If they eventually implement paid-parking program at Siesta beaches, revenue should be used to facilitate easing of traffic congestion on the Key, county commissioners agree

Consultant reviews series of recommendations in Siesta transportation study

A graphic in a consultant’s May 5 presentation to the County Commission references paid-parking options at the beaches on Siesta Key. Image courtesy Sarasota County

Sarasota County Transportation Planning Division staff is seeking funding for the second phase of the Siesta Key Transportation Study that it commissioned last year, so it can proceed with more detailed comparisons of feasibility, funding and permitting options.

Kwamena Sankah, a county transportation engineer, gave that update to the County Commission on May 5, after it heard a presentation on the study. Sankah pointed out that public workshops would be a facet of that second phase.

Additionally, Sankah noted, staff will work to implement elements of proposed projects on the Key that are feasible, funding-wise, as it works on Capital Improvement Project budgets. Among those, he said, are bicycle and pedestrian safety improvements on the northern part of the barrier island, as well as traffic-calming measures.

For example, the study led by Jason Collins of the ADEAS-Q firm in Tampa called for better signage to alert motorists about speed reductions ahead on Siesta roads, including the drop from 35 mph to 20 mph in Siesta Village. A chart included in the PowerPoint presentation that Collins showed the commissioners on May 5 indicated that the expense per sign would be $5,000.

Yet another short-range option staff would pursue, Sankah indicated, calls for the development of a bike-sharing plan with a private vendor.

The presentation did spark a renewal of commission discussion about charging for parking at the public beaches on Siesta Key.

Commissioner Alan Maio, who represents the portion of the island in District 4, noted that, in concert with earlier board workshops on the issue, the three primary leadership organizations on Siesta — the Siesta Key Association (SKA), the Siesta Key Chamber of Commerce and the Siesta Key Condominium Council — surveyed their members on the paid-parking proposal. “Their surveys were slightly different,” Maio added. However, if he recalled correctly, he continued, “A very high percentage” of respondents wanted to ensure that if the commission chose to implement a paid-parking program, all county residents would be able to park for free.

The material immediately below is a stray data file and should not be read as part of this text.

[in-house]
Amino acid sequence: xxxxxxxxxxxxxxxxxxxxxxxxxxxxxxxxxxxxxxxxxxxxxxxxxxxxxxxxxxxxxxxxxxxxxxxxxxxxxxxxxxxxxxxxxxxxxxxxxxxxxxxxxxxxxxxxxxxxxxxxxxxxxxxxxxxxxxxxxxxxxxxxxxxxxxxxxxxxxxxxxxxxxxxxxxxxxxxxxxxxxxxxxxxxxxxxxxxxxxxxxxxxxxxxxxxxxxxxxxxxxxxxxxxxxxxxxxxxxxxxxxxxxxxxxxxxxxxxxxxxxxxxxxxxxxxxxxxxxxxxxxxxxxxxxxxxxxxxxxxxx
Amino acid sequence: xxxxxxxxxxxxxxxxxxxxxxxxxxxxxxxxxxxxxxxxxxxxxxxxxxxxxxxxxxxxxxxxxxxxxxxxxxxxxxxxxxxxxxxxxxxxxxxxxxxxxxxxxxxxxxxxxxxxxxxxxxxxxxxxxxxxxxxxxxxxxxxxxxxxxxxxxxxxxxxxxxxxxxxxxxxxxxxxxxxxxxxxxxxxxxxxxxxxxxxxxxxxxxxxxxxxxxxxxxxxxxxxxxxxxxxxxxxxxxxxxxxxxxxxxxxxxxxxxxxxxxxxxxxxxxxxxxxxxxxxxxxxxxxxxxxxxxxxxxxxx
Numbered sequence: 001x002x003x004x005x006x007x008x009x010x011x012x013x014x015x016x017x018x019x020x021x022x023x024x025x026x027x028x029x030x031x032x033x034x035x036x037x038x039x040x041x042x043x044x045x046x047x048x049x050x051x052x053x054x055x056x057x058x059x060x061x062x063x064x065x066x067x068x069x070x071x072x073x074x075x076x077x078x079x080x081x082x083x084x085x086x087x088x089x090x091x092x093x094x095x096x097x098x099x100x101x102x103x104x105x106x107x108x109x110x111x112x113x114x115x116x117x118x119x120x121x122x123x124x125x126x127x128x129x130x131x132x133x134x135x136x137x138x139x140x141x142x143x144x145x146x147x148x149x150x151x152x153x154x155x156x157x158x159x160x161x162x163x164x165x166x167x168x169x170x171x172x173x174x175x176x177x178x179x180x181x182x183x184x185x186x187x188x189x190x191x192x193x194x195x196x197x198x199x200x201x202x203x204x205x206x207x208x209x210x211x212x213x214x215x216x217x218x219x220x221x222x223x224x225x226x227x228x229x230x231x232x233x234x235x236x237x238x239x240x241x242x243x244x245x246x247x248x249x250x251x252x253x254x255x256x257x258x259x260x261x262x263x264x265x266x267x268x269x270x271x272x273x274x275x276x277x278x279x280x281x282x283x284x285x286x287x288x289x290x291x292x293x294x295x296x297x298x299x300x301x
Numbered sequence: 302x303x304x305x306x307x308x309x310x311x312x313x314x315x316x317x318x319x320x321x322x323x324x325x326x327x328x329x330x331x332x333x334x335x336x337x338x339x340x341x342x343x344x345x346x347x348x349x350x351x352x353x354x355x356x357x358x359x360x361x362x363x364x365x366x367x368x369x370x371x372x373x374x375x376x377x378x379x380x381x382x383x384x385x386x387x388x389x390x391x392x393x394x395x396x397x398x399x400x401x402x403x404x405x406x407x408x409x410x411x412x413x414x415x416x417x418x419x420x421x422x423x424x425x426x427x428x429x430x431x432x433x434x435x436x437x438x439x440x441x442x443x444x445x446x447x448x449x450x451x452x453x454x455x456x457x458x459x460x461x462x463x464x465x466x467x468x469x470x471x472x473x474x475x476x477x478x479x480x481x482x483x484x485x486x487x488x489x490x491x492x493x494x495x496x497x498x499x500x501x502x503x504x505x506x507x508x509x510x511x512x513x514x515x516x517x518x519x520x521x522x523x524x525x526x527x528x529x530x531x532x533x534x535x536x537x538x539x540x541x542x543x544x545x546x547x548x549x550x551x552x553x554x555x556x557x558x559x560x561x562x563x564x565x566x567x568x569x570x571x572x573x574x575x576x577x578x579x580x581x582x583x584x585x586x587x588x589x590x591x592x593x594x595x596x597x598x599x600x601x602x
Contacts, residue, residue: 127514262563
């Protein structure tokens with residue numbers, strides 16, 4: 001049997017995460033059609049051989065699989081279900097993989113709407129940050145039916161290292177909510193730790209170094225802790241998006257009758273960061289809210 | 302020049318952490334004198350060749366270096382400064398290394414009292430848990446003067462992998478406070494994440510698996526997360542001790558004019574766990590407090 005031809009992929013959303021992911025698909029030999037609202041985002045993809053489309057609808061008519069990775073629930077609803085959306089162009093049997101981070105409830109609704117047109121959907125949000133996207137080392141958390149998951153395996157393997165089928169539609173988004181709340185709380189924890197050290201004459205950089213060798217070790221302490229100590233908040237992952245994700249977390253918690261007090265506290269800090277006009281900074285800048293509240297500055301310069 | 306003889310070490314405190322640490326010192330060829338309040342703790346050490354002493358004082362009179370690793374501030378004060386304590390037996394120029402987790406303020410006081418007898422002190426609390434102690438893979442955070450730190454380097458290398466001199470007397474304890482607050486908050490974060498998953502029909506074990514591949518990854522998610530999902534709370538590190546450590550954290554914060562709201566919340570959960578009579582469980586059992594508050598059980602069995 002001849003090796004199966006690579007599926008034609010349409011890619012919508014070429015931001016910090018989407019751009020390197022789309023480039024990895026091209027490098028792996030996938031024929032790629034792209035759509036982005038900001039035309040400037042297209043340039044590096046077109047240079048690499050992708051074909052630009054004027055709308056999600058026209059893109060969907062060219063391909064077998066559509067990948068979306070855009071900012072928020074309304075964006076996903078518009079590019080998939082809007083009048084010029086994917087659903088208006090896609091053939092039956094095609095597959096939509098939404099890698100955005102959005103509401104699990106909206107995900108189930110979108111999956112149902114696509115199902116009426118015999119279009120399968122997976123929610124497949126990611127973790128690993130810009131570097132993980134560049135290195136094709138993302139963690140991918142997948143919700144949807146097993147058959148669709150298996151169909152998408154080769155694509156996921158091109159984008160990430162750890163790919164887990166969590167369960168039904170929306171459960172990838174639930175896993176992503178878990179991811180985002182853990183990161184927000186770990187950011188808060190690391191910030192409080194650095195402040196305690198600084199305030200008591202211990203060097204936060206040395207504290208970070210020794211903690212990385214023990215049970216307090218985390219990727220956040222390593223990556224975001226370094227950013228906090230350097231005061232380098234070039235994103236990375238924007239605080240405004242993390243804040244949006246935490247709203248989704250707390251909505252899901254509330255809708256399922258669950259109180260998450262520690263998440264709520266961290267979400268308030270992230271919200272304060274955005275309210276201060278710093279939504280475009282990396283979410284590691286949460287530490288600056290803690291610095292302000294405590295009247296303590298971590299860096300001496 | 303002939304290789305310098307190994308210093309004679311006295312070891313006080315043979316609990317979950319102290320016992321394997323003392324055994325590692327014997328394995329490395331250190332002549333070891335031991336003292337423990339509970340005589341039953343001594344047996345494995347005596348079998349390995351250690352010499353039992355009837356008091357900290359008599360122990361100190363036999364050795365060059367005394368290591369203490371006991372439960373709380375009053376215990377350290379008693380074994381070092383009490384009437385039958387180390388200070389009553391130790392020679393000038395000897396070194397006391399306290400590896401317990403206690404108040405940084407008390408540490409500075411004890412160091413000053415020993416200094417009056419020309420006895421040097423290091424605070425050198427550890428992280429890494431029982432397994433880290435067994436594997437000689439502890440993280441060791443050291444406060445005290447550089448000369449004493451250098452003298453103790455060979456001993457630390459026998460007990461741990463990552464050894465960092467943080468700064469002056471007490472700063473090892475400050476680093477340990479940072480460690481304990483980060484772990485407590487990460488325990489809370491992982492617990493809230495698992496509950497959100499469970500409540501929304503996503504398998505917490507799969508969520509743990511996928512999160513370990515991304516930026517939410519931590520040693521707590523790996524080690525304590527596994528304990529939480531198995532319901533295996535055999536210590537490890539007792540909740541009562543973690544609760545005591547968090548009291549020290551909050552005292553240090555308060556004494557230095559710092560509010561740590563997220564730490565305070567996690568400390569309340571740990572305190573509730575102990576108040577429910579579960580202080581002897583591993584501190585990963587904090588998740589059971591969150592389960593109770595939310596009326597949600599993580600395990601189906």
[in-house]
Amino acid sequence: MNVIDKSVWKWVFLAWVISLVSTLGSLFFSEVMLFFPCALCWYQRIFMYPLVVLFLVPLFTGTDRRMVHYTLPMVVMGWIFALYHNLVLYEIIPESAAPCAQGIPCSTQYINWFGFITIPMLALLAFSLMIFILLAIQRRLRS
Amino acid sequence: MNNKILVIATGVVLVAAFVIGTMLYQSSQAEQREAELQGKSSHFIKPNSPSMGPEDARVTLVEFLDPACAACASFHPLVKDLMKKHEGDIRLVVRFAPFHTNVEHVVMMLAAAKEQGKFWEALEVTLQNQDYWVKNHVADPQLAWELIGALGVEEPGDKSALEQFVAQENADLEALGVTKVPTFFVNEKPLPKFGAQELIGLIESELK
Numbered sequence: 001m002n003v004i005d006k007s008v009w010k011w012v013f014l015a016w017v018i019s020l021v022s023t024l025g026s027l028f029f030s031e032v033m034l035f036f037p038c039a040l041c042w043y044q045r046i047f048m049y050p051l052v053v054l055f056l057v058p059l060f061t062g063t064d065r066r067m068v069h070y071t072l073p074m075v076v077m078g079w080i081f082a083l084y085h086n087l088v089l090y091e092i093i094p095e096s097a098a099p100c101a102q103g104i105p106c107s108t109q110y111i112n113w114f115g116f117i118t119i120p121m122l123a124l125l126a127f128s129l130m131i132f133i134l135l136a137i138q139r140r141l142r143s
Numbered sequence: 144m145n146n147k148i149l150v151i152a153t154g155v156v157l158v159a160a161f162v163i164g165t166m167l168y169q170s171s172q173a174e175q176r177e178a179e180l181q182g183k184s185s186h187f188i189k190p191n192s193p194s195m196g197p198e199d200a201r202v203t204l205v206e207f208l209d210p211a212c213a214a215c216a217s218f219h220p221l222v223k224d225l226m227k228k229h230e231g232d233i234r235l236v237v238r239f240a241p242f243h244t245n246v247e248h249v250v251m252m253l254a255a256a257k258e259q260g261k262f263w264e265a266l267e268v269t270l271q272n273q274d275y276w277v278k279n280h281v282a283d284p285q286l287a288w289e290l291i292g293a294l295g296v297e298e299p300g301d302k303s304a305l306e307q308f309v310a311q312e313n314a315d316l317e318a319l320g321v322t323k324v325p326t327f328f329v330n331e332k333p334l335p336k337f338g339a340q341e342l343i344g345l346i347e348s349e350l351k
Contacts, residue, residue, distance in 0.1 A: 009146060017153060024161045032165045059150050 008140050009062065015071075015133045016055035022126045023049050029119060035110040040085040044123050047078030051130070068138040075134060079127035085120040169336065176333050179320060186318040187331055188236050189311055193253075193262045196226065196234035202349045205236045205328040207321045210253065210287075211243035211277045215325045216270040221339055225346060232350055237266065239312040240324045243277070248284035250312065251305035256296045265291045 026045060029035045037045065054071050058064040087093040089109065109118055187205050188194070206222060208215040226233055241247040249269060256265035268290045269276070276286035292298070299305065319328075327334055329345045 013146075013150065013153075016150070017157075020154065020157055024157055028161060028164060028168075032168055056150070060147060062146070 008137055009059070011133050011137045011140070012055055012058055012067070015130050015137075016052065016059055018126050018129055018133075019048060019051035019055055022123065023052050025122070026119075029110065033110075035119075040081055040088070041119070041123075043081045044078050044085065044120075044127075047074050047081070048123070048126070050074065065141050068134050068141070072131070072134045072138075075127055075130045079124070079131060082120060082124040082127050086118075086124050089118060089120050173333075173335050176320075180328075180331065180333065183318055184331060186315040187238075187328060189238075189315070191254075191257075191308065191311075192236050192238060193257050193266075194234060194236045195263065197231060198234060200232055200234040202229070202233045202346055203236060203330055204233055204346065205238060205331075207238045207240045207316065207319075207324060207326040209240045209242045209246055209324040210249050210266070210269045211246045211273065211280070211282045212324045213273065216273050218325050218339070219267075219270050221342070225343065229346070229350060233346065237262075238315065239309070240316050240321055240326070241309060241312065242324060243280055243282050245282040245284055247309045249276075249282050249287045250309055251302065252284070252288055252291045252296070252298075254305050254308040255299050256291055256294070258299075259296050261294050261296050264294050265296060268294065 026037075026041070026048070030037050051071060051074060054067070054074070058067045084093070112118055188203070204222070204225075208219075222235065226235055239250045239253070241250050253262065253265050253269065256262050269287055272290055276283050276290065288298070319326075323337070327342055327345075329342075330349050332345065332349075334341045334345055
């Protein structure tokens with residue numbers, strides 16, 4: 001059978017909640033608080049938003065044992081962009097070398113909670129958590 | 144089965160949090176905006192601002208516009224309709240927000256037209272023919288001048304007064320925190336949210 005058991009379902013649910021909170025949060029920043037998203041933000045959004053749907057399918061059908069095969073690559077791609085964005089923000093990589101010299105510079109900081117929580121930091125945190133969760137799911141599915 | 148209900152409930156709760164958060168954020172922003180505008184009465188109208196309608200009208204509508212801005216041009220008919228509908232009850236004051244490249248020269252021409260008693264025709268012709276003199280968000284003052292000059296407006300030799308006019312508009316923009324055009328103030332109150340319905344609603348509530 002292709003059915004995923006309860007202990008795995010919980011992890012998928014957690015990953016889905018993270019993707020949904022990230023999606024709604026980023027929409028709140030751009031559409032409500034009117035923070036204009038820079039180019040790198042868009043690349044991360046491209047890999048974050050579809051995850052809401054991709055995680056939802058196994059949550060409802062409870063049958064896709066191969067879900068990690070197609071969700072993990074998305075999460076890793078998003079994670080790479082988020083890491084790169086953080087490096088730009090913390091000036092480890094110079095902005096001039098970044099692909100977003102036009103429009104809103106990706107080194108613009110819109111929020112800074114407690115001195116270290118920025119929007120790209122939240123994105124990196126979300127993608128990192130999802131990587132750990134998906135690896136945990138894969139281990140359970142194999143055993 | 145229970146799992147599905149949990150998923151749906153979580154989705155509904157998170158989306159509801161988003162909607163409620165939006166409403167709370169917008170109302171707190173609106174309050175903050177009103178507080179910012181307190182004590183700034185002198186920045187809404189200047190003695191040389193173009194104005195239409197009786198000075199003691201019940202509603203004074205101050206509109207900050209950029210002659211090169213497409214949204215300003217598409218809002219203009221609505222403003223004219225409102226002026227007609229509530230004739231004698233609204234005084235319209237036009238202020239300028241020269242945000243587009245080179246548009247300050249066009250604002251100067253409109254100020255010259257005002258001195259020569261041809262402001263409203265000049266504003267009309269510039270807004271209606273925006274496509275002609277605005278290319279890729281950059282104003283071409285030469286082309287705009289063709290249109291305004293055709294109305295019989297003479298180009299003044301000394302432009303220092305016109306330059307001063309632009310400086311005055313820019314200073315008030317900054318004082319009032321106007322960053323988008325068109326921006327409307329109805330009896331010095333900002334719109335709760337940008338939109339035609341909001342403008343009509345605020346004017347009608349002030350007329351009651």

These are the results of the 2018 Siesta Chamber survey. Image courtesy Sarasota County

Moreover, Maio said, the vast majority of respondents wanted to see at least some of the funds the county collected go toward extending the life of the Siesta Key Breeze, the open-air trolley, which is free to riders. State grant funds have supported the Breeze’s operation since it was launched in March 2017.

“I would agree with that observation, as well,” Collins told Maio, referring to putting the parking revenue to use on Siesta. “That seemed to be a very popular opinion for stakeholders on the island, naturally.”

Collins did recommend that if a paid-parking program were to be put in place, the commission implement it at both Siesta Public Beach and Turtle Beach at the same time. Otherwise, he said, too much pressure would be put on the facilities where no fees were charged.

Maio said he did not believe the commissioners ever had voted on whether to implement paid parking on Siesta. Seeing no colleague contradicting him on that point, he told Collins, “That’ll be another big hurdle for you.”

Chair Michael Moran did voice concern about whether the majority of people using the parking lots would be county residents, who would not be generating revenue. If 100% of those parking at the beaches were doing so for free, Moran said, “You just ran around the tree.”

Jason Collins of ADEAS-Q listens to commission comments on May 5. News Leader image

Data is available from different firms that track cellphone locations, Collins replied. That should provide the answer about the percentage of county residents, compared to others using the parking lots.

“We need that,” Commissioner Christian Ziegler said.

Ziegler also concurred with Maio about parking revenue being directed to transportation projects on the island, including, perhaps, the operation of the Breeze.

“Also makes a lot of sense to make [parking] free for all county residents,” Ziegler added.

As for the Breeze itself: Collins proposed that the service be improved so vehicles arrive at pickup points every 10 minutes. “The more convenient it is, the more people are likely to use it.”

“That makes a lot of sense,” Commissioner Ziegler said.

Collins also advocated for more shade and shelters for people waiting to catch the Breeze.

A plethora of other proposals

Before Collins began his presentation, Spencer Anderson, director of the county’s Public Works Department, explained that staff hired ADEAS-Q to evaluate a series of transportation alternatives for Siesta Key.

“This is a constrained roadway,” Anderson emphasized of the island’s transportation network. “There’s very little room to work …”